Office Hours: Monday, Wednesday, Friday 1000-1050 or by appointment. Meets Monday, Wednesday, Friday 1200-1250 During the course I will outline results leading to the Atiyah-Singer index theorem
- Characteristic classes from the point of view of curvature (Euler form, Pontrjagin Classes, Chern Classes, Hirzebruch Polynomial, Todd Genus, Chern Character).
- The classic elliptic complexes (de Rham, Signature, Spin, Dolbeault).
- Heat equation asymptotics.
- The Gauss-Bonnet theorem, the Hirzebruch Signature Theorem, the A-roof genus, the Riemann-Roch theorem.
- The Atiyah-Singer theorem in general.
- We will then turn to the analytic underpinnings. Fourier Transform, Sobolev Spaces, Rellich Lemma, Sobolev inequality.
- Brief introduction to the pseudo-differential calculus and the heat equation.
The final grade will be based on an oral exam at the end of the course.
Learning outcomesLearning outcomes are brief statements identifying the major skills, abilities, and concepts a student is expected to acquire from your course. The word “outcomes” can be used interchangeably with “goals” or “objectives” as long as the abilities in question are meaningfully evaluated using exams, papers, and other accepted means. The point is to make your expectations more transparent by articulating what may be only implicit in your course description, lesson topics, and assignments. Three to six short sentences or bullet points will suffice. Active verbs (evaluate, analyze, demonstrate, etc.) concretize expectations better than vague ones (appreciate, study, learn, etc.).
The final grade will be based on an oral exam at the end of the course which will test the major skills, abilities, and concepts a student is expected to acquire from the course.
- Students should be able to demonstrate knowledge of the classic elliptic complexes and of the relationship between the heat equation asymptotics and the Gauss-Bonnet theorem, the Hirzebruch Signature Theorem, the A-roof genus, and the Riemann-Roch Theorem.
- They should be able to analyze the Atiyah-Singer Theorem in general.
- They should be able to evaluate the analytic underpinnings of the subject apply the pseudo-differential calculus appropriately.
Grades in Graduate CoursesThe faculty has reached basic agreement on the meaning of grades for graduate students in the 500- and 600-level courses:
Faculty teaching 600-level courses shall have the option to use different (but functionally equivalent) assessment procedures to grade students who have been admitted to the Ph.D. program compared to students in the Master's/Pre-Ph.D. stage of the of the program.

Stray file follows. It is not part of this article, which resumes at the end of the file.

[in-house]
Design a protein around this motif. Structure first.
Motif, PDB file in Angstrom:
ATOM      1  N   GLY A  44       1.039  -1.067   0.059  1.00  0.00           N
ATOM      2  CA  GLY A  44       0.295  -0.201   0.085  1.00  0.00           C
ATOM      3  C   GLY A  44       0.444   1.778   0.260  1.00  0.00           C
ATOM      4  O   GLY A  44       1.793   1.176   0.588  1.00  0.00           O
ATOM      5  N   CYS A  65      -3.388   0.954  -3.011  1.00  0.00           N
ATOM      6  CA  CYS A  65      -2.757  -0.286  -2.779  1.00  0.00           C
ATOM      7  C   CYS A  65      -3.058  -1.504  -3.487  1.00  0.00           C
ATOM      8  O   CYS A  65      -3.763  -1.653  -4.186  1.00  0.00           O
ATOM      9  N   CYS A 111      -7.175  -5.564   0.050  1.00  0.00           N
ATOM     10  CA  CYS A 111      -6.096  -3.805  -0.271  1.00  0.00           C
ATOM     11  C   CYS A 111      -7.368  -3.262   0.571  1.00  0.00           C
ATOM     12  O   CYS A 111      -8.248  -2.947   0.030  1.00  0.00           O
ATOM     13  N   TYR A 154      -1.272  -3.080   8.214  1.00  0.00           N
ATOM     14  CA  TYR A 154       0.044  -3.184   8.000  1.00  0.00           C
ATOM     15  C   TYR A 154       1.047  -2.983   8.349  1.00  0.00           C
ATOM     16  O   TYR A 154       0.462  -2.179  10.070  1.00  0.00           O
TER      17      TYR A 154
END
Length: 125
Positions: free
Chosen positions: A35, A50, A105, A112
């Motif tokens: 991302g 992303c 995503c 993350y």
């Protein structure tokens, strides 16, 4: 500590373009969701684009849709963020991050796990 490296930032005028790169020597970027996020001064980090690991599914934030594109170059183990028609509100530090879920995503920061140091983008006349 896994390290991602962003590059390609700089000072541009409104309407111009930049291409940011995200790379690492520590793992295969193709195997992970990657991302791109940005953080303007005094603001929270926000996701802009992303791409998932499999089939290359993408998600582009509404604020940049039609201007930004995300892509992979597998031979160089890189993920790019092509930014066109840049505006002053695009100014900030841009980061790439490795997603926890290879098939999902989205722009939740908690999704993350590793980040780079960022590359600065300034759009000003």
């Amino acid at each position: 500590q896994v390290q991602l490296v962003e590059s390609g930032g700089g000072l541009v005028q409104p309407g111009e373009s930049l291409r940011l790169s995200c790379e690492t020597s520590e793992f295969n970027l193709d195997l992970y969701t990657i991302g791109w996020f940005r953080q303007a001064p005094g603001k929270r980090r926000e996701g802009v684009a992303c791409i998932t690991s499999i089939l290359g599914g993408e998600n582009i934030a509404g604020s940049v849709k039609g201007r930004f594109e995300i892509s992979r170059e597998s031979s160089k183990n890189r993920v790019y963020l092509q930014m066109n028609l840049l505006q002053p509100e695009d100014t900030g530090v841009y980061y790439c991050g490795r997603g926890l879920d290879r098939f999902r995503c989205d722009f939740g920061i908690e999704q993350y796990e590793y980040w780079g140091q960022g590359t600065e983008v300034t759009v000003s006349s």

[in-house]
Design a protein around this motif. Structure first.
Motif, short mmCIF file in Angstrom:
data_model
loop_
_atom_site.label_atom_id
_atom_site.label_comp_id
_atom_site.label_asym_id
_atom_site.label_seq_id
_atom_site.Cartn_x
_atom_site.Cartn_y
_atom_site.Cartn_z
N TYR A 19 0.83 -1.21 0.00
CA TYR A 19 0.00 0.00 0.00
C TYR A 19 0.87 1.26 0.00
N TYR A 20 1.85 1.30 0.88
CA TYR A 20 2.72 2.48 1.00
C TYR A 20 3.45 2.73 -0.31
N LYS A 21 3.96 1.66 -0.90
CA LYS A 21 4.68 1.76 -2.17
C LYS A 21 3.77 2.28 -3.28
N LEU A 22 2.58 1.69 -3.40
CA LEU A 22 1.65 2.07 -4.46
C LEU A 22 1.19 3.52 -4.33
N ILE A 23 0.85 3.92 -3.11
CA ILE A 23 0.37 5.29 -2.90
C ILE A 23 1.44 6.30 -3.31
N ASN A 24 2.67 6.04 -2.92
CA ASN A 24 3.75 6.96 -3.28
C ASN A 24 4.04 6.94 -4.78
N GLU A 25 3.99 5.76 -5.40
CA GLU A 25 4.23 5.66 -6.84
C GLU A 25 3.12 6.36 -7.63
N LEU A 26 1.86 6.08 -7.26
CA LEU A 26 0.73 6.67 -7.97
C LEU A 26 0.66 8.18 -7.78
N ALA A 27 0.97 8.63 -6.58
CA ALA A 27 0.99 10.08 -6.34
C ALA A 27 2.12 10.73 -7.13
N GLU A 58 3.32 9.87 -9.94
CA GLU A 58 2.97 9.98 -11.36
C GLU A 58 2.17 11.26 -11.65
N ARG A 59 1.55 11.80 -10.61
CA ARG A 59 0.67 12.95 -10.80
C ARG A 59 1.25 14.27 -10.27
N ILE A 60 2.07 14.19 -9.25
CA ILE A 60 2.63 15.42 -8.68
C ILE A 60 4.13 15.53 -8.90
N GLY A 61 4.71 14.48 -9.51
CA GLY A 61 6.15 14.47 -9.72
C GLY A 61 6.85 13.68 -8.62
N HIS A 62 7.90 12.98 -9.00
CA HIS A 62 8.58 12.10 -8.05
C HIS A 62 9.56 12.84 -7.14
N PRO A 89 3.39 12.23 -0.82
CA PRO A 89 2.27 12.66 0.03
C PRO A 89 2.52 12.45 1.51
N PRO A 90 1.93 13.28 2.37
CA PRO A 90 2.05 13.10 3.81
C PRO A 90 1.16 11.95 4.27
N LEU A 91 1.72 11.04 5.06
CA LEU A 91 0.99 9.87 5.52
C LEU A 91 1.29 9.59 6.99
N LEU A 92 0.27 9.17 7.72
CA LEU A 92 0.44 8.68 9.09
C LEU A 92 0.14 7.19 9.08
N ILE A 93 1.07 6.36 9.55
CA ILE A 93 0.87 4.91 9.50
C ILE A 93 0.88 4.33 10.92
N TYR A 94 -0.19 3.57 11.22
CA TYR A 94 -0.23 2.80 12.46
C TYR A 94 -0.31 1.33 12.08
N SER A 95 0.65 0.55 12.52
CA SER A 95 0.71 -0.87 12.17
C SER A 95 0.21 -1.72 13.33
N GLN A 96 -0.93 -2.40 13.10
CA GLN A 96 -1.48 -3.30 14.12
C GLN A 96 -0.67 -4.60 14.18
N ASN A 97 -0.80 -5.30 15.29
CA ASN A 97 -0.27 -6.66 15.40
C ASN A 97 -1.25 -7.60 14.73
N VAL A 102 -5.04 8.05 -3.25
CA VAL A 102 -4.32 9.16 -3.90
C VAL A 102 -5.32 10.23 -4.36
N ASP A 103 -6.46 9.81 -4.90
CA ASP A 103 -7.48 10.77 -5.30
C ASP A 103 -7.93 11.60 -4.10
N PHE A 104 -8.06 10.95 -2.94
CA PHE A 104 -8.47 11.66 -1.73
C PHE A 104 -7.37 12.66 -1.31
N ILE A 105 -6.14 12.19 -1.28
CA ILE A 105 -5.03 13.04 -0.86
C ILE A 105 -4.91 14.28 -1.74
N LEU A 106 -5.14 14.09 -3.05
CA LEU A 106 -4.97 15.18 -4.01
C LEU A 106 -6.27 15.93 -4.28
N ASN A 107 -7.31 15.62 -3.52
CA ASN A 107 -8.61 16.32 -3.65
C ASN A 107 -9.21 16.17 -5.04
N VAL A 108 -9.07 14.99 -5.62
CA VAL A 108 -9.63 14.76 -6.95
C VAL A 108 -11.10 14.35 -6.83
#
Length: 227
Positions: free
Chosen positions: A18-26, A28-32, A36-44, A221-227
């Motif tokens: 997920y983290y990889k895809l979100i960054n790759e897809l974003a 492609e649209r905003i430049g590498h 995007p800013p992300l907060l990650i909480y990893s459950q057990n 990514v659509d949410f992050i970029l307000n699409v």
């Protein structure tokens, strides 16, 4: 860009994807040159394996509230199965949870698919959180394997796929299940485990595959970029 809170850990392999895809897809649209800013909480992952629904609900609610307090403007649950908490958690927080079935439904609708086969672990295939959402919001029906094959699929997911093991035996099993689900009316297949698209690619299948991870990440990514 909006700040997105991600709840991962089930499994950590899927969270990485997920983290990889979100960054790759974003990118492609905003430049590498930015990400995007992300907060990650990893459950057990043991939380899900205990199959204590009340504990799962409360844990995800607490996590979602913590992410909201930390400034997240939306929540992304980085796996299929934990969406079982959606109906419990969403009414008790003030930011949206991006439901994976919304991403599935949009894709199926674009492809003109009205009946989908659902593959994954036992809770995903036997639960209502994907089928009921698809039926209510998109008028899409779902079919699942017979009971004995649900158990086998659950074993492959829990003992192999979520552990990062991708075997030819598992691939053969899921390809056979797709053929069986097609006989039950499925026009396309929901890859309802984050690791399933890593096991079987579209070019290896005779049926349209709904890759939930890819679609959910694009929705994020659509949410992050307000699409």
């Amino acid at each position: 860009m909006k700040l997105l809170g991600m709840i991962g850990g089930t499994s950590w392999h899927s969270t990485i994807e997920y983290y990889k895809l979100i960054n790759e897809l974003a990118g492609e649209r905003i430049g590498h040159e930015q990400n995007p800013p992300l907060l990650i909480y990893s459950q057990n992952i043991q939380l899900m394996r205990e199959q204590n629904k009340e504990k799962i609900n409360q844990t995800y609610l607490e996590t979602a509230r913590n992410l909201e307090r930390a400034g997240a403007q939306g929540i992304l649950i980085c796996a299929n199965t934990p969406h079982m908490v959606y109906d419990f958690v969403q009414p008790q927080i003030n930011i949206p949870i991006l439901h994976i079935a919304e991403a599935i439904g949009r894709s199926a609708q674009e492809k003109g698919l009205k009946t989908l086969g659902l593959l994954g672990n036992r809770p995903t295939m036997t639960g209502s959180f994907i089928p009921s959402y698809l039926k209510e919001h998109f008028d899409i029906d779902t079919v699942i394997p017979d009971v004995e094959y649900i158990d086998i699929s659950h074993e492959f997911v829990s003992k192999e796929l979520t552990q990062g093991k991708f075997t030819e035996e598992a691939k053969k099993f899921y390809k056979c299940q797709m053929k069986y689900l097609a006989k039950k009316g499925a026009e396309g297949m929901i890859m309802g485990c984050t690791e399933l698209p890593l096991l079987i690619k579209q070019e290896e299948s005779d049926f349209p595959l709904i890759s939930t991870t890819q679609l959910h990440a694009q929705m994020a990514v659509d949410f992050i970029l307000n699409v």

- A+ Truly outstanding work
- A Good Ph.D. or M.S./M.A. level work
- A- Clearly Ph.D. level work, but below average. Good at M.S./M.A. level
- B+ Work which is at the lower margin of acceptable Ph.D. level work, but quite satisfactory at the M.S./M.A. level
- B Substandard at the Ph.D. level but satisfactory at the M.S./M.A. level
- B- Barely passing at the graduate level
- C+ or below. Unsatisfactory at the graduate level
Academic dishonestyAcademic Misconduct: The University Student Conduct Code (available at conduct.uoregon.edu) defines academic misconduct. Students are prohibited from committing or attempting to commit any act that constitutes academic misconduct. By way of example, students should not give or receive (or attempt to give or receive) unauthorized help on assignments or examinations without express permission from the instructor. Students should properly acknowledge and document all sources of information (e.g. quotations, paraphrases, ideas) and use only the sources and resources authorized by the instructor. If there is any question about whether an act constitutes academic misconduct, it is the obligation of the students to clarify the question with the instructor before committing or attempting to commit the act. Additional information about a common form of academic misconduct, plagiarism, is available at http://library.uoregon.edu/guides/plagiarism/students/index.html see also http://uodos.uoregon.edu/StudentConductandCommunityStandards/AcademicMisconduct/tabid/248/Default.aspx
Title IXUnder Title IX, I have a duty to report relevant information. The UO is committed to providing an environment free of all forms of prohibited discrimination and sexual harassment, including sexual assault, domestic and dating violence and gender-based stalking. Any UO employee who becomes aware that such behavior is occurring has a duty to report that information to their supervisor or the Office of Affirmative Action and Equal Opportunity. The University Health Center and University Counseling and Testing Center can provide assistance and have a greater ability to work confidentially with students. Note: UO employees also have a duty to report child abuse. For those classes and/or processes in which students have historically reported information regarding child abuse, the language can be expanded to provide that notice as well by adding the following statement: All UO employees are required to report to appropriate authorities when they have reasonable cause to believe that any child with whom they come in contact has suffered abuse or any person with whom they come in contact has abused a child.